Edwards-Knight Motor Company Radiator Emblem

This radiator emblem came from the Edwards-Knight automobile produced by the Edwards Motor Car Company of New York, New York from 1912 until 1913. The company was built on the partnership of C. G. Stoddard, Henry J. Edwards and Charles Yale Knight. Knight had invented a new, quieter engine that used sleeve valves instead of the poppet valves commonly used. Edwards-Knight automobiles were only produced for a single year, but Knight’s engine was licensed by several other companies, and the Edwards-Knight license went on to the Willys-Knight automobile. The circular emblem has a white background with a gold interlocked “EK” in the center with “EDWARDS/KNIGHT” in gold lettering around the rim.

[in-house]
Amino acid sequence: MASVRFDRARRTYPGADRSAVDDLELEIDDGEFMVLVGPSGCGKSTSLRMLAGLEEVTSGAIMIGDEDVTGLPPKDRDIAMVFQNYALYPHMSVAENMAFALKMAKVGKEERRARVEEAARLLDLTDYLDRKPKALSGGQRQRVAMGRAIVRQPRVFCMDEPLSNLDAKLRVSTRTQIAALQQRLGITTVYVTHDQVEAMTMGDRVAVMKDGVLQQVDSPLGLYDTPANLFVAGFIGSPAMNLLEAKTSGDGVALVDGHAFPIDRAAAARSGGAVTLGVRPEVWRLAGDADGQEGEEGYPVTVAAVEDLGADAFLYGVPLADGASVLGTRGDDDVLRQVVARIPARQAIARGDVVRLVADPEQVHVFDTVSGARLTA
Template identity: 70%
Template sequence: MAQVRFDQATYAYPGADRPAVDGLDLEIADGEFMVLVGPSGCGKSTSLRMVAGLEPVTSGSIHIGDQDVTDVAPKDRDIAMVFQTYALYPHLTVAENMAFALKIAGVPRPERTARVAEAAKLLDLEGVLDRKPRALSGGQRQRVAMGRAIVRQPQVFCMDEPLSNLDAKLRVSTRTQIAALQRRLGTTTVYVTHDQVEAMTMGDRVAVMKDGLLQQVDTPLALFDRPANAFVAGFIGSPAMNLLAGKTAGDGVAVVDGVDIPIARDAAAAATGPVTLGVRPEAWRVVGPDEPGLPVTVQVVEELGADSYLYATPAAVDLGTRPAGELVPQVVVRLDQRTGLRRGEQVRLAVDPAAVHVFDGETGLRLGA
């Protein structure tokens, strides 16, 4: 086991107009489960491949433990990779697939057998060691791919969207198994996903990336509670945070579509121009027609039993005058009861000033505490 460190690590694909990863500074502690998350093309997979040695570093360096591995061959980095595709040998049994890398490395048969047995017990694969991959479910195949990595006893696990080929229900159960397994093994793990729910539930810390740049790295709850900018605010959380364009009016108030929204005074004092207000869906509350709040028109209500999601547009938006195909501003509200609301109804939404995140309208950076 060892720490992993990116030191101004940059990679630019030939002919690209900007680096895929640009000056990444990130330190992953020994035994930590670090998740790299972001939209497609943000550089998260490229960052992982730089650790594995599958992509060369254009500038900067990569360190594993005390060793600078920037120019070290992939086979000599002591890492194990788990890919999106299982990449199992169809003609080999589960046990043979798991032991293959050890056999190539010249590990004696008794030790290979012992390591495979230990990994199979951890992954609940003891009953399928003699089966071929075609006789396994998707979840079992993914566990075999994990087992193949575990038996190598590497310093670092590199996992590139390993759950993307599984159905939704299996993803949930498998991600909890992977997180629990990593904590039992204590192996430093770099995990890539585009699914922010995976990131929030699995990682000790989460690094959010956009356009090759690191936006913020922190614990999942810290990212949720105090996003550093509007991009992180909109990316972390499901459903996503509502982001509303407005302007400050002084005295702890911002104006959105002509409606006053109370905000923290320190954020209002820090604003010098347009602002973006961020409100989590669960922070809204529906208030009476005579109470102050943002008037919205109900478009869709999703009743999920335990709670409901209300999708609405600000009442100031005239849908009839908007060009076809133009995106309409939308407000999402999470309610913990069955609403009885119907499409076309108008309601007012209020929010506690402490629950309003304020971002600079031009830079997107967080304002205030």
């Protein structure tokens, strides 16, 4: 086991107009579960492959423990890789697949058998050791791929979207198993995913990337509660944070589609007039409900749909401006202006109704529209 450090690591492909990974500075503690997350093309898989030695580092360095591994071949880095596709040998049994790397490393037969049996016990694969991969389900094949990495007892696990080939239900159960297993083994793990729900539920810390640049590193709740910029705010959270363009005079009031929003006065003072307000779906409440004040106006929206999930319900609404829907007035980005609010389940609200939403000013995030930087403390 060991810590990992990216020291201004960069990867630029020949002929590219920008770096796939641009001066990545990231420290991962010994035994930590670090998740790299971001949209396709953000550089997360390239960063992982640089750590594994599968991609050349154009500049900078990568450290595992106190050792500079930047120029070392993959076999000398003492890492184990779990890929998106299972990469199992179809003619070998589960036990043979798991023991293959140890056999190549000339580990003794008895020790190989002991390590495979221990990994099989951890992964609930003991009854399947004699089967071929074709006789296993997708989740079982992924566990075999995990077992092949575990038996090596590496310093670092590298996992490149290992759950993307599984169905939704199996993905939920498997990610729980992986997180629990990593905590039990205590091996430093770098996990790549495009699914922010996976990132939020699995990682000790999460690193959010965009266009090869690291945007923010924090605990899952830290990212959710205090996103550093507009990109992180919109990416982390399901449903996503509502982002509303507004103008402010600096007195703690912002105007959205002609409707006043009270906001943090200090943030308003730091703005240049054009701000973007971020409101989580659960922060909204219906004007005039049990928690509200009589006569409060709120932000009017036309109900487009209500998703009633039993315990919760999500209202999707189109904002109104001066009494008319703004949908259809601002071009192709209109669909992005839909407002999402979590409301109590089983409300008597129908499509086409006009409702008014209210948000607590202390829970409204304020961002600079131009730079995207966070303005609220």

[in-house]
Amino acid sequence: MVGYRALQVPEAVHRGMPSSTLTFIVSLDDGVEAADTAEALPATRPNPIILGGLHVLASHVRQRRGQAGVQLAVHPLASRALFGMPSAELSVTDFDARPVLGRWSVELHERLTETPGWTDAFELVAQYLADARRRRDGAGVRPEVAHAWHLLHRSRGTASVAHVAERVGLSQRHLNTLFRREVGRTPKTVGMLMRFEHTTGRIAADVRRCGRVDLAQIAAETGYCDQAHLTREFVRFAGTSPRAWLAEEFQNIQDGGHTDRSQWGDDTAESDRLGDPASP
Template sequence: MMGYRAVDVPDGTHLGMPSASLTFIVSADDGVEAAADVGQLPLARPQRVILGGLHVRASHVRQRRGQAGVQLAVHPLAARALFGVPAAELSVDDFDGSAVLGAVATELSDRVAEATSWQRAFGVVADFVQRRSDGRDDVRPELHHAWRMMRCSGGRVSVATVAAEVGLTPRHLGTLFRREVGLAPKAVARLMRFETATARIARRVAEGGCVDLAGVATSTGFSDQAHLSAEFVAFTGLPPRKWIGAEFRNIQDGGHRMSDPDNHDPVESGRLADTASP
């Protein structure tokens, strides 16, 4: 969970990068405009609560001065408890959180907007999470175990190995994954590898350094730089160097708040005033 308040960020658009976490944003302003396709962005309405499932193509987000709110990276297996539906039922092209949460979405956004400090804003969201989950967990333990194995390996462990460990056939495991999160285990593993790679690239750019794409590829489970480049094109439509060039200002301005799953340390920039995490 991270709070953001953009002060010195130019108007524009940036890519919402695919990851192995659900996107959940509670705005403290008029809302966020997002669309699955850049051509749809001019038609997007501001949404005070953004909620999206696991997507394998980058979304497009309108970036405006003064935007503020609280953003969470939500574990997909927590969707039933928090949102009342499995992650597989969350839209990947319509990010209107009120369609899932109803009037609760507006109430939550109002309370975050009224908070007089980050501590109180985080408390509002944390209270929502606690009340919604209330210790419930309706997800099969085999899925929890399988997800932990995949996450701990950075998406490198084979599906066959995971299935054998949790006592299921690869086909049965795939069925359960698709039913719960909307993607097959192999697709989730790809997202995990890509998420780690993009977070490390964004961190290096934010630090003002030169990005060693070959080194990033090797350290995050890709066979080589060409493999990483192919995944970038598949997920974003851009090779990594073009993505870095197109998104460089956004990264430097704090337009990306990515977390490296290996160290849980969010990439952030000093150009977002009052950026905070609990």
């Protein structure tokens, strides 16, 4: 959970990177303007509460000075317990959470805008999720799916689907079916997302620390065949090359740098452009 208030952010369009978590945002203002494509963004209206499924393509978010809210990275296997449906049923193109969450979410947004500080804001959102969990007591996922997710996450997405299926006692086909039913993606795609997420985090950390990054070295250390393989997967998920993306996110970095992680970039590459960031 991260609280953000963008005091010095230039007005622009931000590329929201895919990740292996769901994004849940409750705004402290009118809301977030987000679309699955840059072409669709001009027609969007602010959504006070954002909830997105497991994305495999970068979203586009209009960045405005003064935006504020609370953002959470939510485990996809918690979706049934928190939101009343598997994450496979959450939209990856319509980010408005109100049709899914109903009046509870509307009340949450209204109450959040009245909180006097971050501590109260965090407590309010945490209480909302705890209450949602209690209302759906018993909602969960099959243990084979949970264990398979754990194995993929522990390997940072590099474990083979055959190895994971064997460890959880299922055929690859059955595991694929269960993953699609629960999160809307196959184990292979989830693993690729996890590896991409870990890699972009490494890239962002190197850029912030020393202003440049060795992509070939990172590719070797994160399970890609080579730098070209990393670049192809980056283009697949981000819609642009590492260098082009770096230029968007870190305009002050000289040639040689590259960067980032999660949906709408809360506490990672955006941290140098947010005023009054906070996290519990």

Radiator emblems are small, colorful metal plates bearing an automobile manufacturer's name or logo that attached to the radiators grilles of early automobiles. Varying in shape and size, the emblems served as a small branding device, sometimes indicating the type of engine, place of manufacturing, or using an iconic image or catchy slogan to advertise their cars make and model. This emblem is part of the collection that was donated by Hubert G. Larson in 1964.
Currently not on view
Object Name
emblem, radiator
ID Number
accession number
catalog number
Radiator Emblems
Road Transportation
See more items in
Work and Industry: Transportation, Road
Radiator Emblems
Road Transportation
Data Source
National Museum of American History, Kenneth E. Behring Center

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